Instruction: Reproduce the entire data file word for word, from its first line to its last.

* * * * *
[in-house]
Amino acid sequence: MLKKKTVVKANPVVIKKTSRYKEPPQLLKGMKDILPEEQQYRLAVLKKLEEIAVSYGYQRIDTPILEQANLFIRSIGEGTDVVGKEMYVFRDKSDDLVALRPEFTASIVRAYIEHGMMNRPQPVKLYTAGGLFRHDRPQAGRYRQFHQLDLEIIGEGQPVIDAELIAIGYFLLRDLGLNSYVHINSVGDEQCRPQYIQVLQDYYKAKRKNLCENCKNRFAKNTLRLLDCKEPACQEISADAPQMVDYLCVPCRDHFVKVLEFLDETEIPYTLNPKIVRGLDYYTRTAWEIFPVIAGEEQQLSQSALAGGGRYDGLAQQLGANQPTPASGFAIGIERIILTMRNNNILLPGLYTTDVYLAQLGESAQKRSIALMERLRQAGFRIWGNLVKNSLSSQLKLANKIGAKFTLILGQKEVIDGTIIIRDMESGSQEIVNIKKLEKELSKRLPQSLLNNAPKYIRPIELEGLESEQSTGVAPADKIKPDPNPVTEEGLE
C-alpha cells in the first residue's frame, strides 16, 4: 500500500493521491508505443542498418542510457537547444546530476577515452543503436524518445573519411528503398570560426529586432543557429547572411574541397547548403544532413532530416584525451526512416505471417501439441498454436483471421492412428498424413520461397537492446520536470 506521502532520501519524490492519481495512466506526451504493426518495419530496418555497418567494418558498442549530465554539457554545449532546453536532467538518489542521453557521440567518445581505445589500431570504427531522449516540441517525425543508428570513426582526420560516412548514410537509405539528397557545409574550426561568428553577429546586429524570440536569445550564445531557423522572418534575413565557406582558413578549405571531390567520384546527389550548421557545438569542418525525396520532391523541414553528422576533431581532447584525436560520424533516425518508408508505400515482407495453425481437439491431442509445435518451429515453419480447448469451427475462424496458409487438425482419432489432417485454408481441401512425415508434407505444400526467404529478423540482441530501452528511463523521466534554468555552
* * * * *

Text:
[in-house]
Amino acid sequence: MLKKKTVVKANPVVIKKTSRYKEPPQLLKGMKDILPEEQQYRLAVLKKLEEIAVSYGYQRIDTPILEQANLFIRSIGEGTDVVGKEMYVFRDKSDDLVALRPEFTASIVRAYIEHGMMNRPQPVKLYTAGGLFRHDRPQAGRYRQFHQLDLEIIGEGQPVIDAELIAIGYFLLRDLGLNSYVHINSVGDEQCRPQYIQVLQDYYKAKRKNLCENCKNRFAKNTLRLLDCKEPACQEISADAPQMVDYLCVPCRDHFVKVLEFLDETEIPYTLNPKIVRGLDYYTRTAWEIFPVIAGEEQQLSQSALAGGGRYDGLAQQLGANQPTPASGFAIGIERIILTMRNNNILLPGLYTTDVYLAQLGESAQKRSIALMERLRQAGFRIWGNLVKNSLSSQLKLANKIGAKFTLILGQKEVIDGTIIIRDMESGSQEIVNIKKLEKELSKRLPQSLLNNAPKYIRPIELEGLESEQSTGVAPADKIKPDPNPVTEEGLE
C-alpha cells in the first residue's frame, strides 16, 4: 500500500493521491508505443542498418542510457537547444546530476577515452543503436524518445573519411528503398570560426529586432543557429547572411574541397547548403544532413532530416584525451526512416505471417501439441498454436483471421492412428498424413520461397537492446520536470 506521502532520501519524490492519481495512466506526451504493426518495419530496418555497418567494418558498442549530465554539457554545449532546453536532467538518489542521453557521440567518445581505445589500431570504427531522449516540441517525425543508428570513426582526420560516412548514410537509405539528397557545409574550426561568428553577429546586429524570440536569445550564445531557423522572418534575413565557406582558413578549405571531390567520384546527389550548421557545438569542418525525396520532391523541414553528422576533431581532447584525436560520424533516425518508408508505400515482407495453425481437439491431442509445435518451429515453419480447448469451427475462424496458409487438425482419432489432417485454408481441401512425415508434407505444400526467404529478423540482441530501452528511463523521466534554468555552